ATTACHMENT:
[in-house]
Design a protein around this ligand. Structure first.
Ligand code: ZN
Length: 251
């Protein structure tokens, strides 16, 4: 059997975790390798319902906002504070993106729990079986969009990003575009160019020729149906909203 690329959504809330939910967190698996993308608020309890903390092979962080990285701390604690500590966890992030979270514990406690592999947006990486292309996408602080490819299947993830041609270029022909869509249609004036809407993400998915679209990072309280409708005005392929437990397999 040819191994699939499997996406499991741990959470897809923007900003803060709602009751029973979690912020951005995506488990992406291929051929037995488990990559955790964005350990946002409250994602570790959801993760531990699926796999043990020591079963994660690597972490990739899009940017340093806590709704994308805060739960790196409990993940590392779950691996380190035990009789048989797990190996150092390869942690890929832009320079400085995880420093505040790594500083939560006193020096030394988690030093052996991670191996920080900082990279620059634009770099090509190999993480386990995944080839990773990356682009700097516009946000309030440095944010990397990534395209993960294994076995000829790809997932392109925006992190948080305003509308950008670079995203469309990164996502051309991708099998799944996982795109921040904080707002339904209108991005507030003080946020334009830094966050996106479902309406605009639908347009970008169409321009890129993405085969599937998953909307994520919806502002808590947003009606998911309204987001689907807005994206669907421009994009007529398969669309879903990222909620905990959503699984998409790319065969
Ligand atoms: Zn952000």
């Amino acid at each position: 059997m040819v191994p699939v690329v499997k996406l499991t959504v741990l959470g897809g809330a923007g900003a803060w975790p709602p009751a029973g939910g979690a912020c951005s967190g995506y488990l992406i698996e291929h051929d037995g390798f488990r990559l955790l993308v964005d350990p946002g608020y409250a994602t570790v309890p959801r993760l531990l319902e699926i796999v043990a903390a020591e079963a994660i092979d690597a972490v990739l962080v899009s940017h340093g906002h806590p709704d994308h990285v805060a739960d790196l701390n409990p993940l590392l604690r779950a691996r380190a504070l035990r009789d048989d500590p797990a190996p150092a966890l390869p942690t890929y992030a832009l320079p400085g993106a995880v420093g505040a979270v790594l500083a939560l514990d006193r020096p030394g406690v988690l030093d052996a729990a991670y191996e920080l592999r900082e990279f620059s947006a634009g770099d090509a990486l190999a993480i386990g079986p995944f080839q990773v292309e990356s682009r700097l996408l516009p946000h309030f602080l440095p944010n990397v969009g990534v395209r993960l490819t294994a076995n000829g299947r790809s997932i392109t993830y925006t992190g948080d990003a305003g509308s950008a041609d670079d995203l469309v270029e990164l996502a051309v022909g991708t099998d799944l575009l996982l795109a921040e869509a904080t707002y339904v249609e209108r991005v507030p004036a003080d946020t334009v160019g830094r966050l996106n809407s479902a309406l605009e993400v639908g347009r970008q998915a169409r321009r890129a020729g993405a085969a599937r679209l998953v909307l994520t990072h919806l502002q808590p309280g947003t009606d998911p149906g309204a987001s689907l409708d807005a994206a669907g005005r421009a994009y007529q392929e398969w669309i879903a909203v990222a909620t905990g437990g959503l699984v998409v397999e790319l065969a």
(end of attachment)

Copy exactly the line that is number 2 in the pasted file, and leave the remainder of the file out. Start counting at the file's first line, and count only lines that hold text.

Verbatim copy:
Design a protein around this ligand. Structure first.